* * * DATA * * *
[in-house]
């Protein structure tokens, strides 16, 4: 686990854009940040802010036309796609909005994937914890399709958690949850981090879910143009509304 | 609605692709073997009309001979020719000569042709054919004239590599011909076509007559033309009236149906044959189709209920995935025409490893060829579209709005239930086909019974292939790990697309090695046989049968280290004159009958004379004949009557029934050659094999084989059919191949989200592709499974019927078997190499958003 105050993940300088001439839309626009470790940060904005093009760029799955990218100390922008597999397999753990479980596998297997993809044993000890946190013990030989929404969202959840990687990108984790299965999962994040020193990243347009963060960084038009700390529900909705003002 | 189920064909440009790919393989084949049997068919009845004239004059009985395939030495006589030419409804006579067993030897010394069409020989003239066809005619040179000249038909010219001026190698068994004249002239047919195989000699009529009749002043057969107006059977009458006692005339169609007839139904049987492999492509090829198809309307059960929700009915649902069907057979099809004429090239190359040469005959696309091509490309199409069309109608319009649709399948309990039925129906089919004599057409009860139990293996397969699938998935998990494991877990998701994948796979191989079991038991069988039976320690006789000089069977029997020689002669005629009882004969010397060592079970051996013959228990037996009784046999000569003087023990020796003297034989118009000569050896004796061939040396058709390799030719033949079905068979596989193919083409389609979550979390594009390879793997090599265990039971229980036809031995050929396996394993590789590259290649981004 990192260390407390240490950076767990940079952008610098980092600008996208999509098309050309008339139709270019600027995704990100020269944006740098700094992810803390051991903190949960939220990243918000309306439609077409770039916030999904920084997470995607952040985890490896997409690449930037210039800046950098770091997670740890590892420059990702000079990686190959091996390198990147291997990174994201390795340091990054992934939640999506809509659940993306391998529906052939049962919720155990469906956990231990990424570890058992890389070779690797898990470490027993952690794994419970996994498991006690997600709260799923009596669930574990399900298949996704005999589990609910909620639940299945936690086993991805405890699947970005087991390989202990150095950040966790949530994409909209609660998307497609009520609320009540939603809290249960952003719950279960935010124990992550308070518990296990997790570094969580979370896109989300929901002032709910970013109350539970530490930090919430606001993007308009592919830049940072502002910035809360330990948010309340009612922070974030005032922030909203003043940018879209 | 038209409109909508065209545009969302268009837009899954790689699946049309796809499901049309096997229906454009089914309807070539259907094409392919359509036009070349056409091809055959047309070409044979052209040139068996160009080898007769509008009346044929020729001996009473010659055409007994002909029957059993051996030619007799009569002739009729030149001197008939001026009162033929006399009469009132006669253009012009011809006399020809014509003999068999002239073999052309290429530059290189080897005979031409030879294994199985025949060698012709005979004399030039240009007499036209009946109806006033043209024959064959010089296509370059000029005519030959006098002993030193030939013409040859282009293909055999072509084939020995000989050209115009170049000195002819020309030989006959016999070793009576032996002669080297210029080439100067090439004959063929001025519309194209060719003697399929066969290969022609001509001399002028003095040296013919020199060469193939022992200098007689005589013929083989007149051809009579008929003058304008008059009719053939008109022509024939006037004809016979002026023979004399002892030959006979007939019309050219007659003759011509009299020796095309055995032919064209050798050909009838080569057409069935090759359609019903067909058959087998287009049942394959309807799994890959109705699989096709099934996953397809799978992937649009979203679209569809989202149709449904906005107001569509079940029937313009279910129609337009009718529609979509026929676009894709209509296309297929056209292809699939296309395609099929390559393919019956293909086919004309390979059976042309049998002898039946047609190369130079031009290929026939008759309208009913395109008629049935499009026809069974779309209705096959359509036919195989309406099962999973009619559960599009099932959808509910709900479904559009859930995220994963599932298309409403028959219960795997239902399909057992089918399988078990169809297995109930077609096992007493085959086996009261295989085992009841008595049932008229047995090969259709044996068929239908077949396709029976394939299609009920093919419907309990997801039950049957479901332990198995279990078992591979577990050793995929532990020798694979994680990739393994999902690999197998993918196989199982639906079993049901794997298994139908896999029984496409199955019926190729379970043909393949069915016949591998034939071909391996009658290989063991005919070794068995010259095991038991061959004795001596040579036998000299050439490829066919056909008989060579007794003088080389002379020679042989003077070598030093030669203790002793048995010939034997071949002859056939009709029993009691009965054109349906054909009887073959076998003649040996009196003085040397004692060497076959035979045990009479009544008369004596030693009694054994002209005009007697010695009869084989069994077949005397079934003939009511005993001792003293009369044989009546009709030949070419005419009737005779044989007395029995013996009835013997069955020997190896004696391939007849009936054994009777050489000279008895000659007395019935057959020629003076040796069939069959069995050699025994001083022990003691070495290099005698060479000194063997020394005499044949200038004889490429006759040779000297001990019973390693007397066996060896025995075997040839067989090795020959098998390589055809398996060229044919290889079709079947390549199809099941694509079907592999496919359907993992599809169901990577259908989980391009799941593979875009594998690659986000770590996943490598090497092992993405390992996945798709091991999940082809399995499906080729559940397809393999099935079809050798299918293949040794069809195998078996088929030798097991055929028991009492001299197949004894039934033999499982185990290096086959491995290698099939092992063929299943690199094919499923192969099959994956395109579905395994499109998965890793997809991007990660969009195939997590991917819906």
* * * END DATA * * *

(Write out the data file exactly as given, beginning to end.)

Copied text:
[in-house]
């Protein structure tokens, strides 16, 4: 686990854009940040802010036309796609909005994937914890399709958690949850981090879910143009509304 | 609605692709073997009309001979020719000569042709054919004239590599011909076509007559033309009236149906044959189709209920995935025409490893060829579209709005239930086909019974292939790990697309090695046989049968280290004159009958004379004949009557029934050659094999084989059919191949989200592709499974019927078997190499958003 105050993940300088001439839309626009470790940060904005093009760029799955990218100390922008597999397999753990479980596998297997993809044993000890946190013990030989929404969202959840990687990108984790299965999962994040020193990243347009963060960084038009700390529900909705003002 | 189920064909440009790919393989084949049997068919009845004239004059009985395939030495006589030419409804006579067993030897010394069409020989003239066809005619040179000249038909010219001026190698068994004249002239047919195989000699009529009749002043057969107006059977009458006692005339169609007839139904049987492999492509090829198809309307059960929700009915649902069907057979099809004429090239190359040469005959696309091509490309199409069309109608319009649709399948309990039925129906089919004599057409009860139990293996397969699938998935998990494991877990998701994948796979191989079991038991069988039976320690006789000089069977029997020689002669005629009882004969010397060592079970051996013959228990037996009784046999000569003087023990020796003297034989118009000569050896004796061939040396058709390799030719033949079905068979596989193919083409389609979550979390594009390879793997090599265990039971229980036809031995050929396996394993590789590259290649981004 990192260390407390240490950076767990940079952008610098980092600008996208999509098309050309008339139709270019600027995704990100020269944006740098700094992810803390051991903190949960939220990243918000309306439609077409770039916030999904920084997470995607952040985890490896997409690449930037210039800046950098770091997670740890590892420059990702000079990686190959091996390198990147291997990174994201390795340091990054992934939640999506809509659940993306391998529906052939049962919720155990469906956990231990990424570890058992890389070779690797898990470490027993952690794994419970996994498991006690997600709260799923009596669930574990399900298949996704005999589990609910909620639940299945936690086993991805405890699947970005087991390989202990150095950040966790949530994409909209609660998307497609009520609320009540939603809290249960952003719950279960935010124990992550308070518990296990997790570094969580979370896109989300929901002032709910970013109350539970530490930090919430606001993007308009592919830049940072502002910035809360330990948010309340009612922070974030005032922030909203003043940018879209 | 038209409109909508065209545009969302268009837009899954790689699946049309796809499901049309096997229906454009089914309807070539259907094409392919359509036009070349056409091809055959047309070409044979052209040139068996160009080898007769509008009346044929020729001996009473010659055409007994002909029957059993051996030619007799009569002739009729030149001197008939001026009162033929006399009469009132006669253009012009011809006399020809014509003999068999002239073999052309290429530059290189080897005979031409030879294994199985025949060698012709005979004399030039240009007499036209009946109806006033043209024959064959010089296509370059000029005519030959006098002993030193030939013409040859282009293909055999072509084939020995000989050209115009170049000195002819020309030989006959016999070793009576032996002669080297210029080439100067090439004959063929001025519309194209060719003697399929066969290969022609001509001399002028003095040296013919020199060469193939022992200098007689005589013929083989007149051809009579008929003058304008008059009719053939008109022509024939006037004809016979002026023979004399002892030959006979007939019309050219007659003759011509009299020796095309055995032919064209050798050909009838080569057409069935090759359609019903067909058959087998287009049942394959309807799994890959109705699989096709099934996953397809799978992937649009979203679209569809989202149709449904906005107001569509079940029937313009279910129609337009009718529609979509026929676009894709209509296309297929056209292809699939296309395609099929390559393919019956293909086919004309390979059976042309049998002898039946047609190369130079031009290929026939008759309208009913395109008629049935499009026809069974779309209705096959359509036919195989309406099962999973009619559960599009099932959808509910709900479904559009859930995220994963599932298309409403028959219960795997239902399909057992089918399988078990169809297995109930077609096992007493085959086996009261295989085992009841008595049932008229047995090969259709044996068929239908077949396709029976394939299609009920093919419907309990997801039950049957479901332990198995279990078992591979577990050793995929532990020798694979994680990739393994999902690999197998993918196989199982639906079993049901794997298994139908896999029984496409199955019926190729379970043909393949069915016949591998034939071909391996009658290989063991005919070794068995010259095991038991061959004795001596040579036998000299050439490829066919056909008989060579007794003088080389002379020679042989003077070598030093030669203790002793048995010939034997071949002859056939009709029993009691009965054109349906054909009887073959076998003649040996009196003085040397004692060497076959035979045990009479009544008369004596030693009694054994002209005009007697010695009869084989069994077949005397079934003939009511005993001792003293009369044989009546009709030949070419005419009737005779044989007395029995013996009835013997069955020997190896004696391939007849009936054994009777050489000279008895000659007395019935057959020629003076040796069939069959069995050699025994001083022990003691070495290099005698060479000194063997020394005499044949200038004889490429006759040779000297001990019973390693007397066996060896025995075997040839067989090795020959098998390589055809398996060229044919290889079709079947390549199809099941694509079907592999496919359907993992599809169901990577259908989980391009799941593979875009594998690659986000770590996943490598090497092992993405390992996945798709091991999940082809399995499906080729559940397809393999099935079809050798299918293949040794069809195998078996088929030798097991055929028991009492001299197949004894039934033999499982185990290096086959491995290698099939092992063929299943690199094919499923192969099959994956395109579905395994499109998965890793997809991007990660969009195939997590991917819906």